Healing From Complex Trauma & PTSD/CPTSD

A journey to healing from complex trauma.

Research on psychosis. And a lesson, to quit my ‘opinions’, when I don’t know enough…

4 Comments

I wasn’t aware PTSD, could have psychosis. Not common but possible.

And severe depression is one of the more primary disorders, where psychosis can occur.

I am aware that psychosis means there is a complete loss of reality, and behaviours can occur that would not be normal behaviours for that person. Sometimes extreme behaviours. Including violence.

This is new to me, and just shows, as I always say, I definitely do not know it all, by far, but I will find out and keep learning.

A mother has recently been found guilty of infanticide, and let off jail time. My first thought – wow, how can she get off killing her child and disabling another one! Crap bloody legal system!

Hmmmmmm me and my un-educated opinion, which I fully admit to and don’t justify. Honest, I am.

Having done my research on what came from the court hearing, was apparently it could have been psychosis caused by postpartum psychosis.

If this is the case, and this is not her normal kind of behaviour at all, then I feel deeply sorry for this woman. To know you have killed your own baby and severely disabled another and live with that for the rest of your life, so deeply distressing and I do feel for this woman. I cant imagine what it must be like to have a lapse in time, not remember anything and find out you have done this to your children. No wonder she is reported to have deep self hatred and visits the grave every day. If it was psychosis then what a terribly sad situation and I feel a lot of compassion for this mother. It makes me want to cry.

Is psychosis provable? In hindsight – after the situation has occurred? I don’t know.

There is also the case of the military guy who shot people in Fort Hood. He had possible PTSD and a possible brain injury. It could have been psychosis, but there is no proof. ‘If’ it was psychosis and he was not normally an aggressive man, again I feel deeply compassionate for him. To live with that, is horrific.

This is a hard situation, because anyone with a mental health disorder, could do something terrible, purely because they want to and not due to psychosis, and then say it was psychosis. Very dodgy legal situation to be in dealing with murders and violent acts.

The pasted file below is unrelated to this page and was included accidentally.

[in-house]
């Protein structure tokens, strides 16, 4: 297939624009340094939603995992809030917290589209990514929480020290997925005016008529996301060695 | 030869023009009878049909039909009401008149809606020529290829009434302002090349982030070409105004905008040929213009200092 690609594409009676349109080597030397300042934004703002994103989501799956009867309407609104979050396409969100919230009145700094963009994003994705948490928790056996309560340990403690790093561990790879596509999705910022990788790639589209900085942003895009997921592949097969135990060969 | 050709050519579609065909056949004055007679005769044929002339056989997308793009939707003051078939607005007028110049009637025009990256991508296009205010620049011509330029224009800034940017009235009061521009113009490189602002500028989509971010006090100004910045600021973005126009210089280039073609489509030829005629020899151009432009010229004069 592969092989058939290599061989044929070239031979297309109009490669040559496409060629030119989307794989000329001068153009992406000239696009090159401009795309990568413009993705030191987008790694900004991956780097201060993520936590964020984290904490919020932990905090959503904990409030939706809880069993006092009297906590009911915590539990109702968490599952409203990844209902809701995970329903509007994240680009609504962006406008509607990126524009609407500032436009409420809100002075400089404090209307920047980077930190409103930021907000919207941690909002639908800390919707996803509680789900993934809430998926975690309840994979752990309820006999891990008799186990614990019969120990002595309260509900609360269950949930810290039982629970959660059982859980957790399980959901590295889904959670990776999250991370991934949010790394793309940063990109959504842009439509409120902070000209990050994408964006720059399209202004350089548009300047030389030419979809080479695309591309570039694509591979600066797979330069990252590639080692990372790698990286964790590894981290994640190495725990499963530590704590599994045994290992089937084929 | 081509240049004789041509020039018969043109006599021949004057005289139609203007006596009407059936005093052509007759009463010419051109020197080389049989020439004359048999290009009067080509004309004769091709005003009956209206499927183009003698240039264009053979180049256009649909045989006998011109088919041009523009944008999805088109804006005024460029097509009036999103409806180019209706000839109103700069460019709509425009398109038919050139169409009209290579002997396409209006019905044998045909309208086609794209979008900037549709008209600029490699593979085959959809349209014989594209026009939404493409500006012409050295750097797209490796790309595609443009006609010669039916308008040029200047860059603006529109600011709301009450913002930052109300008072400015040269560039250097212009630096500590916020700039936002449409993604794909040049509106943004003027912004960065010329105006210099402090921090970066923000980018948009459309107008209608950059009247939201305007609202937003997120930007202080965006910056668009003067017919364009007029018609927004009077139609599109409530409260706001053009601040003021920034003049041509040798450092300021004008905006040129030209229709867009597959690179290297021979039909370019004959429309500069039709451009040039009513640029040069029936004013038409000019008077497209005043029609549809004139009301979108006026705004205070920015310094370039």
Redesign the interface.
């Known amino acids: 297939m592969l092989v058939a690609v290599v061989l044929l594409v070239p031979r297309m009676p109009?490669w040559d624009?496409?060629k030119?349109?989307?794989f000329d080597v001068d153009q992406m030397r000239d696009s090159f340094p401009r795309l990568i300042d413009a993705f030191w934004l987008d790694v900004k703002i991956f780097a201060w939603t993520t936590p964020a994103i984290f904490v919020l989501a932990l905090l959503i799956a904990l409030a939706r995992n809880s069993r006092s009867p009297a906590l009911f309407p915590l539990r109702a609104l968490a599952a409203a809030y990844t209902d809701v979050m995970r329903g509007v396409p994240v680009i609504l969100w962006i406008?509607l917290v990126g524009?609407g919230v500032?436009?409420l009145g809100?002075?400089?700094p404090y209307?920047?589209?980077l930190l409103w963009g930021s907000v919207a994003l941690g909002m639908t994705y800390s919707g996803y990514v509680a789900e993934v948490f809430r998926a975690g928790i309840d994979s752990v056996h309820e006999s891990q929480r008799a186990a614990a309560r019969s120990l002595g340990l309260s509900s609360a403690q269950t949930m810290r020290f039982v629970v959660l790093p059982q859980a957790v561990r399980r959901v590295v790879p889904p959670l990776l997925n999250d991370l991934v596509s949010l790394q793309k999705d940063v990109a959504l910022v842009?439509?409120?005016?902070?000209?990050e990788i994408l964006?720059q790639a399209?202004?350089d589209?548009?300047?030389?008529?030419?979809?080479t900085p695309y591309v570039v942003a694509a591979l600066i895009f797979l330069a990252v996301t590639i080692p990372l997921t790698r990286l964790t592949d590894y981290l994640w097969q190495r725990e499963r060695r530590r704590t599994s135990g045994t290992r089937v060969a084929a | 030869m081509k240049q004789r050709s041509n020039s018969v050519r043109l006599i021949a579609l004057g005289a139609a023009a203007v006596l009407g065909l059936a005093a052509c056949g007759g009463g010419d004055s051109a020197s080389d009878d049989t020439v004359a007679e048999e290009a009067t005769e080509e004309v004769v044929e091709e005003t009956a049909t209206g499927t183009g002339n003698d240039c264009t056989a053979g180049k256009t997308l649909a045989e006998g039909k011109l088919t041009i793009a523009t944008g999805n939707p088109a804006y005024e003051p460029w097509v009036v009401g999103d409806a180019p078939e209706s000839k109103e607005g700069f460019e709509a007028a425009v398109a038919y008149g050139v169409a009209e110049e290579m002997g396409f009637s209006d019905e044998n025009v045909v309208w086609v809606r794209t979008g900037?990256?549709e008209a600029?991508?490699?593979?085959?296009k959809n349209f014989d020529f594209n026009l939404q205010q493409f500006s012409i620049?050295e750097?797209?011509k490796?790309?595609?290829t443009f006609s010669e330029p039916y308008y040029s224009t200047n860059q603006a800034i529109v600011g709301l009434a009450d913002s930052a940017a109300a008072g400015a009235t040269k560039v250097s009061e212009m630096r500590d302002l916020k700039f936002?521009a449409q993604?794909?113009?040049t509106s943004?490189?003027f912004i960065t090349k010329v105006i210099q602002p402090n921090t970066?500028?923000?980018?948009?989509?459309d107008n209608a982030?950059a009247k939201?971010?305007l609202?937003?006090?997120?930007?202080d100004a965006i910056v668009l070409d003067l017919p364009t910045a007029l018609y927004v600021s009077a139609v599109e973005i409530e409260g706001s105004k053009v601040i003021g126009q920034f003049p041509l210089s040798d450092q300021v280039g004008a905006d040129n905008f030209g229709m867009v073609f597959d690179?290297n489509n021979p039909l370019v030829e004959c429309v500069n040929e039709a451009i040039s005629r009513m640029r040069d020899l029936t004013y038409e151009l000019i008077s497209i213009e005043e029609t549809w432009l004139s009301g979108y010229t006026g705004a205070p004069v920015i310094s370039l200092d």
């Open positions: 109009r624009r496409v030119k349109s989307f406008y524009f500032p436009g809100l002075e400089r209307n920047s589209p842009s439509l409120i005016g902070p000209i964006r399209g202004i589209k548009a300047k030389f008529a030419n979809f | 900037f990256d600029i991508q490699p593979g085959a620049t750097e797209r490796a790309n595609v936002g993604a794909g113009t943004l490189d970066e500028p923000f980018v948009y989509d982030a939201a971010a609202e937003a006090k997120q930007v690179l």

I read most psychosis is short lived and can last a few weeks. But in some rare cases, psychosis can last for years. Wow, that is a long time to not be in control of your mind and have behaviours and actions that you would not normally have, even short lived psychosis.

What a truly horrific involuntary mental health issue, that can devastate the lives of many.

I wonder how often this occurs and I am guessing there are people in jail, who did not know or have any control over something they have done, which they would never normally have done, and feel desperately and painfully shameful and distressed about. And I agree IF psychosis is very real and can result in murder, child murder, rape, violence, that would never have normally been committed, then that person does not deserve to be in jail.

What an incredibly hard situation to deal with legally.

And this has made me think, that maybe I should quit being so judgmental and opinionated, about things I don’t necessarily know enough about…and I am honest to admit this.

Author: Healing From Complex Trauma & PTSD/CPTSD

I am a survivor of complex and multiple trauma and abuse, who at the age of 40, began my healing journey. I am using my journey to recovery and healing, to help others, to help survivors feel less alone, validated, encouraged and to enable others to understand themselves more. Complex trauma, particularly from severe, prolonged childhood abuse, is profoundly life changing. Complex trauma produces complex adults. The journey to recovery is a painful, often lonely, emotional daily challenge and it is my aim to encourage others in their daily battle. ~ Lilly Hope Lucario

4 thoughts on “Research on psychosis. And a lesson, to quit my ‘opinions’, when I don’t know enough…

  1. But most people with psychosis are not dangerous. In fact, they’re far more likely to be victims of violence than perpetrators. People with schizophrenia, for example, are 4 times more likely to be victims of violence than the average person, and you’re statistically more likely to be killed by a shark than a schizophrenic.

    I had one psychotic episode, secondary to self-starvation, sleep deprivation, and severe dissociation. I believed I didn’t exist, and I could prove it with a combination of Cartesian logic and singularity theory. Eventually, I came to believe that because I was still walking around even though I didn’t exist, I was going to rip a hole in reality and destroy the universe. I attempted suicide because I believed it was the only way to save the universe. It sounds completely nuts, I know. But even in my psychosis, I was trying to save people, not hurt them.

    Just an alternate view.

    • Thank you Hope for sharing this with me. I really appreciate it. I don’t know enough about psychosis to know how often violent behaviours would occur, but I assumed most of the time people are not dangerous at all.

      It just really made me think about the woman who killed her baby while in a postpartum psychosis and how terrible that is. And to have to live with that, is so painful.

      There are many different types of psychosis and I want to do some more research about it. And I can see as well that people experiencing psychosis would be highly susceptible to becoming victims too. Which is also very sad.

      It is a very interesting part of mental health.

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